The sister of a mum-of-two killed by a dangerous driver has vowed to care for her dependant niece and nephew like they are her own children.
Susan Shaw, of High Street, Rishton, cared full time for daughter Leanne, 27, and son Adam, 25.
Damian Raeburn, from Accrington, was this week told he is facing a long spell behind bars after admitting causing Susan’s death by dangerous driving just yards from her home on Boxing Day.
Debbie Hudson, of Shakespeare Avenue, Great Harwood, is now carer for the children, who both have severe learning difficulties.
Debbie, who like Susan, attended Norden High school, has two grown up children and suffers from fibromyalgia, said: “My sister was my best friend and soulmate.
“She always said if anything happens to her ‘would you look after the kids?’ We’ll be working as a family, it won’t just be me. We’ll do our best to make life easier for them and spoil them.
“I love them like my own kids and Susan loved my kids as much.”
Leanne developed a brain infection when she was five, has got a severe form of epilepsy and requires one-to-one care.
Adam, who sustained a frontal lobe defect from birth, has severe epilepsy, is unable to speak and needs help eating and washing. Debbie will be taking on much of the daytime caring, while her mum Annette, 68, will be helping at night.
As well as Annette’s husband, semi-retired David Shaw, and Debbie’s husband John Hudson, 65, the family are hoping to get help from social services but are not sure yet if they will qualify for carer’s allowance on top of Debbie’s Employment Support Allowance.
Annette, of Edward Street, Rishton, said: “Susan was a much loved and cherished family member, and a well-loved member of the community. She was always generous with her time, with both friends and strangers alike. She was devoted to her children.
“She wasn’t well, but gave 100 per cent every day. It’s devastating.
“Adam has kept looking at a photograph of his mum and looking at the door. He has a mental age of three and the only words he learned are mummy, nanna and grandma.
“Leanne is having fits every day because of this.
“The specialist said it’s due to the stress. She keeps crying at night time and saying ‘I want my mummy’. Leanne knows that a man hit her. She wanted to know why and I said he was driving like he shouldn’t have done.”
Annette said an apology letter Raeburn had written to the family would remain unopened as he had shown no remorse in his actions. She said: “I’m glad he pleaded guilty obviously, but what he did was awful. We haven’t looked at his letter saying sorry. My daughter said I’m not looking at it.”
She recalled the dreadful moment she went outside into the commotion following the collision, after Susan did not return from the shop.
She said: “I went down to the scene and I saw them trying to resuscitate someone. I said to the policeman ‘my daughter is missing’ and I said ‘I know it’s her’. I told him what she was wearing and he said ‘it is your daughter and it’s very serious’. He then came back and said ‘I’m sorry, she has gone’.
“Another officer shouted at me and said who are you?’. I said ‘I’m Susan’s mum’. I was sobbing my heart out, he put his arm around me. It was awful, I’ll never forget it.”
Susan’s dad David, 75, said Debbie and Susan were very close, like the rest of the family.
He added: “Leanne and Adam are making everyone get from one day to the next. If we had known something was going to happen to her it wouldn’t be so hard. I cannot see me getting over it.”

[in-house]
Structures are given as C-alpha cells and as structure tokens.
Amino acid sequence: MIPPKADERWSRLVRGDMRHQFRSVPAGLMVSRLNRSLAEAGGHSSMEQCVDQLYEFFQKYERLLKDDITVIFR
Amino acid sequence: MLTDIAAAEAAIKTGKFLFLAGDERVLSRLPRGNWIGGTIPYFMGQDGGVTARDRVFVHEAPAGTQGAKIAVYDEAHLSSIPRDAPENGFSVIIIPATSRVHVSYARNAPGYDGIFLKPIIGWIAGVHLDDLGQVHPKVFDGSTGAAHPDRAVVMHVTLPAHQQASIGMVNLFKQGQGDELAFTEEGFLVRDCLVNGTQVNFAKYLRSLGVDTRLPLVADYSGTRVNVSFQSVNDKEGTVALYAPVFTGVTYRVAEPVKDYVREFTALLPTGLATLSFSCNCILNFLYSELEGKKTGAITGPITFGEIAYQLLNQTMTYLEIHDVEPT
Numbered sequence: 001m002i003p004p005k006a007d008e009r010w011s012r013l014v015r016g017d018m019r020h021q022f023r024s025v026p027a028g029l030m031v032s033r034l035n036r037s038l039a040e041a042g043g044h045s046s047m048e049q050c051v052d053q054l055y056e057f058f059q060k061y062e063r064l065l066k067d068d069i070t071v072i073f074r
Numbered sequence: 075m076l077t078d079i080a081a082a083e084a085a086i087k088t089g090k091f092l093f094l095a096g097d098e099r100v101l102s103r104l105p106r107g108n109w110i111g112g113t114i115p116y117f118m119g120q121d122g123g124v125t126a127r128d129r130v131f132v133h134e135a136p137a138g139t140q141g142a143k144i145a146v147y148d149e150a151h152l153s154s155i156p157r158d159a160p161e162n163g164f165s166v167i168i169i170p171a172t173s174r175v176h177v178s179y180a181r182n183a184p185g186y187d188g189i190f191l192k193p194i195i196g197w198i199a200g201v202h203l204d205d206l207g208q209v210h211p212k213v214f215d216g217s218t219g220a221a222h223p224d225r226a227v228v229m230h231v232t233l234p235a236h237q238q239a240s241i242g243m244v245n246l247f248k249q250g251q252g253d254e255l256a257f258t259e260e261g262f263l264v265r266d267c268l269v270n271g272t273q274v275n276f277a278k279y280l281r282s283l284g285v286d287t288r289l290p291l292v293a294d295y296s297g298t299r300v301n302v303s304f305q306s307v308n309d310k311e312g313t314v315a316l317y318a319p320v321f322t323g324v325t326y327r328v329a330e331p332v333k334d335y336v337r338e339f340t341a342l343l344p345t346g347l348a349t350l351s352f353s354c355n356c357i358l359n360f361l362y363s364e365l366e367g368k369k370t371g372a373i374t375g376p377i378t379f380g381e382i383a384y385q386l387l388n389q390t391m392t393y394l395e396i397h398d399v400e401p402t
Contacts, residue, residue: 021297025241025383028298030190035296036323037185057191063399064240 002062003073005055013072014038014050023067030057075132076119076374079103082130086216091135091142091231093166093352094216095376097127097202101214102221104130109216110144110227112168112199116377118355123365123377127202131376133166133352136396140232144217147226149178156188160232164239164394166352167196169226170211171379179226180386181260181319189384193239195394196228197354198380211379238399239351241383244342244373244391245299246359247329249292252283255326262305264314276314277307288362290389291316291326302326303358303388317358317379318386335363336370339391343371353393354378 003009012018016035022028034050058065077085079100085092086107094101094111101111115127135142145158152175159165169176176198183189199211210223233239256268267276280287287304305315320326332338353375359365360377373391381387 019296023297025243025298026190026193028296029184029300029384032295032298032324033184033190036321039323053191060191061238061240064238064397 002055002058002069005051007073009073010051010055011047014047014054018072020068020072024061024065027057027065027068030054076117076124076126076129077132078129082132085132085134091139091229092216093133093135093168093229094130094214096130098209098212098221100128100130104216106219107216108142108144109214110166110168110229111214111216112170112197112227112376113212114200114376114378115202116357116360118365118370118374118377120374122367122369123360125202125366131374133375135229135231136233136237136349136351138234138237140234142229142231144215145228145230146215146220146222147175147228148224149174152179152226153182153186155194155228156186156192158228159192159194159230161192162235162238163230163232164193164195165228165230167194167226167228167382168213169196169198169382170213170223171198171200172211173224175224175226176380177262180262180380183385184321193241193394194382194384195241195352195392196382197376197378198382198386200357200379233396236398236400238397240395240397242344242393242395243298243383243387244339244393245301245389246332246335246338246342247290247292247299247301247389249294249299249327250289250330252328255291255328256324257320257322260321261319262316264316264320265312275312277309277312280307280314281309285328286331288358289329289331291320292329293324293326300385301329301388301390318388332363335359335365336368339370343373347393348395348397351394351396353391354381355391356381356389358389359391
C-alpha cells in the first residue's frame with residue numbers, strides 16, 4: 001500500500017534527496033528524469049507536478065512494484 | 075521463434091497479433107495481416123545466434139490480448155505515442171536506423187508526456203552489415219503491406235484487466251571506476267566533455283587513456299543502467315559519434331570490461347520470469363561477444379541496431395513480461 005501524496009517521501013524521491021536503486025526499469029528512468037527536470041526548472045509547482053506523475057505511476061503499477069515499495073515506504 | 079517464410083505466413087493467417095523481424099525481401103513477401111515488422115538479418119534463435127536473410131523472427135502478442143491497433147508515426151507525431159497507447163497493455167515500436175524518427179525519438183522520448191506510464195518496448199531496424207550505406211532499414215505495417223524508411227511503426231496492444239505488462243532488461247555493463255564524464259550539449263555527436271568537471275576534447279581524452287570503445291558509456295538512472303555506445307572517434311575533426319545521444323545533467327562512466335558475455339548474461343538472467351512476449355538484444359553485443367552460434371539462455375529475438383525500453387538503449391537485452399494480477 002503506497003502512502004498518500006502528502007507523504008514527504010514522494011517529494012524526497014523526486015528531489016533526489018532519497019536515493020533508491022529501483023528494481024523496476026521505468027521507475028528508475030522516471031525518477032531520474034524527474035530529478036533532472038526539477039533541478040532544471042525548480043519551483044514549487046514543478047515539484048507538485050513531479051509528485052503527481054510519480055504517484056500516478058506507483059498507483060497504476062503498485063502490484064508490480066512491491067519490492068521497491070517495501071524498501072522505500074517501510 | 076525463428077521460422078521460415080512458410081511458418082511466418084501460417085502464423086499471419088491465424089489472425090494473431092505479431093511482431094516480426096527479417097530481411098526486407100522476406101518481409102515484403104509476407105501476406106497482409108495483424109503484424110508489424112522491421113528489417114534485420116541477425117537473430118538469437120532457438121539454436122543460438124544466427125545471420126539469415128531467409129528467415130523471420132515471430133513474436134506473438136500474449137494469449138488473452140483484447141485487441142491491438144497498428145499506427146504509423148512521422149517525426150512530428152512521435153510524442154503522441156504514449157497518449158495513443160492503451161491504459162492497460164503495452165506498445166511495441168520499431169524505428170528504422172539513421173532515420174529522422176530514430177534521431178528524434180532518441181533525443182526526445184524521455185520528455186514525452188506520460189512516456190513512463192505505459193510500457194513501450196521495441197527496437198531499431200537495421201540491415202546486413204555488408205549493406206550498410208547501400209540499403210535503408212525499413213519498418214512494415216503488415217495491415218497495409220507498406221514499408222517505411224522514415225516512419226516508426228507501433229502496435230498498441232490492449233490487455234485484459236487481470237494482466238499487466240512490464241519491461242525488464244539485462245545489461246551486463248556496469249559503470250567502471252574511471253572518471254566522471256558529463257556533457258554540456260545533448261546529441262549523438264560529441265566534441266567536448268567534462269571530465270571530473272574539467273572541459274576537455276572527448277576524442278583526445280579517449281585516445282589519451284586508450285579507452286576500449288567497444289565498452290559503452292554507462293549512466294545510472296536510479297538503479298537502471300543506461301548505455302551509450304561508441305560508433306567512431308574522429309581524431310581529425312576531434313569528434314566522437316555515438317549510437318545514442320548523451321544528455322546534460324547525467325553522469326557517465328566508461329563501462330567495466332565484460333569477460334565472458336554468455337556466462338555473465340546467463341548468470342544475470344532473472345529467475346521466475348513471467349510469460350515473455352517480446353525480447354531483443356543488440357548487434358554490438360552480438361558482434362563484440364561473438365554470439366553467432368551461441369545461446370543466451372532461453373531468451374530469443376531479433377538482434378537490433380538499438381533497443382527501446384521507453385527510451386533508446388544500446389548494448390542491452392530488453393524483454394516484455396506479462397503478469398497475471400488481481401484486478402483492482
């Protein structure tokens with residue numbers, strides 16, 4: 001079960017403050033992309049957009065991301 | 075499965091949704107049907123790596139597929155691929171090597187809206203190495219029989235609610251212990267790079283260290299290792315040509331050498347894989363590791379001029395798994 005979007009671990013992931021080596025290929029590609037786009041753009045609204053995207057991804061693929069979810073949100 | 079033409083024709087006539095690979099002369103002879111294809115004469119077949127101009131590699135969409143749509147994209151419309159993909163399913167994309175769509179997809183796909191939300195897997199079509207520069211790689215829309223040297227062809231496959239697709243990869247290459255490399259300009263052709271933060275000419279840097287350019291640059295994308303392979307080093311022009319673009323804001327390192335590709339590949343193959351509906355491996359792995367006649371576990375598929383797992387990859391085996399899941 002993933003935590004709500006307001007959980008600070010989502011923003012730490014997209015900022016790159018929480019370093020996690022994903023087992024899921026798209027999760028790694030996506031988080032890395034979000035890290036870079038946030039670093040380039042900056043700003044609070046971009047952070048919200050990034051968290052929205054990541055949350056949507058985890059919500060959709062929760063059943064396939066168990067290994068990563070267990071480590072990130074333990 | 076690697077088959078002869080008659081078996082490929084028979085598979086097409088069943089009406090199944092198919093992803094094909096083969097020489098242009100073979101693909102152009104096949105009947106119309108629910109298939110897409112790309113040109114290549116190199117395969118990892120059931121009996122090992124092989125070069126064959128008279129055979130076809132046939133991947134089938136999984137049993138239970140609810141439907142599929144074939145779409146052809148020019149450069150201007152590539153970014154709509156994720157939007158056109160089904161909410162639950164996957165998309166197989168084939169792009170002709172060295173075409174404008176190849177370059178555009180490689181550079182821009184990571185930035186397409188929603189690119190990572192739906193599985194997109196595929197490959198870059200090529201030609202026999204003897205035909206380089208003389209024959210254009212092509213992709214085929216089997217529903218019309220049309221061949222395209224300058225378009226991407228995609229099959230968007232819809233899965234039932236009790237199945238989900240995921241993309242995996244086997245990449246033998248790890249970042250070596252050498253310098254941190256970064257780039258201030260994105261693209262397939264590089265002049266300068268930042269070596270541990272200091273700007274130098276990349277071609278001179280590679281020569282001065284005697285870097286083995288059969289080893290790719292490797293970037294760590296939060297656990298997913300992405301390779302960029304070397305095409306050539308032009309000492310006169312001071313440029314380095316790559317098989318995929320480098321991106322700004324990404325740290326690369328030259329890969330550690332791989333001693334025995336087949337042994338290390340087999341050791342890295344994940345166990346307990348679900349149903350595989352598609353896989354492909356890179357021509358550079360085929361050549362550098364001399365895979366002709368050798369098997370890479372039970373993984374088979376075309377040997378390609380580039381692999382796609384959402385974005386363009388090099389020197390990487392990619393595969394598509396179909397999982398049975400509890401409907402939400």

Family’s pride at response of Rishton community
Susan’s family have said they are “proud” of the overwhelming response of the Rishton community following her death.
Her mum Annette also thanked police investigating the collision and liaising with the family as they tried to cope with shock and grief.
She spoke of the gut wrenching moment she realised something was badly wrong when Susan, who had popped to the shop on Boxing Day evening, did not come home. Just minutes later a police officer was breaking the news to her that her daughter had suffered catastrophic injuries and died.
She said: “She had been to the Coop to get some shopping for the children. She used to go about 6.30 but instead she went at 5.30. The Coop was shutting early because of Boxing Day. When you cross over the crossing it’s two doors away. Ten seconds later and she would have been home, she would have been here.”
The family said nearly 500 people attended Susan’s funeral last week, with the family given a police escort to the church and people lining the route as shops shut for a few hours as a mark of respect. A large number of local firms made a whole range of contributions.
Susan, who was a member of the Switch on Rishton committee, would sell raffle tickets and help with the tombola as part of a year-round fundraising effort for the village’s Christmas festivities. In recognition of this the group has organised collection buckets and fundraising nights for the family and there are also plans for a 12ft tree on High Street, with a dedication plaque to her.
Annette added: “She would be really pleased with that and being remembered in that way. I feel humbled by it. I wouldn’t know how to start thanking them.”
Susan’s dad David said they are often stopped by people in the street offering support, adding: “I went down to the chip shop and a woman said ‘Is that your daughter who got knocked down?’ She just gave me £30 and a hug.”
Her sister Debbie Hudson said: “The house looks like a florist with all the flowers and cards we have got. It’s been crazy, we’re so proud of Rishton, we really are. It was a beautiful funeral and with the police escort they were so professional.
“Most people have been waiving charges and the funeral director has been amazing. It’s simple things that have made life that little bit easier.”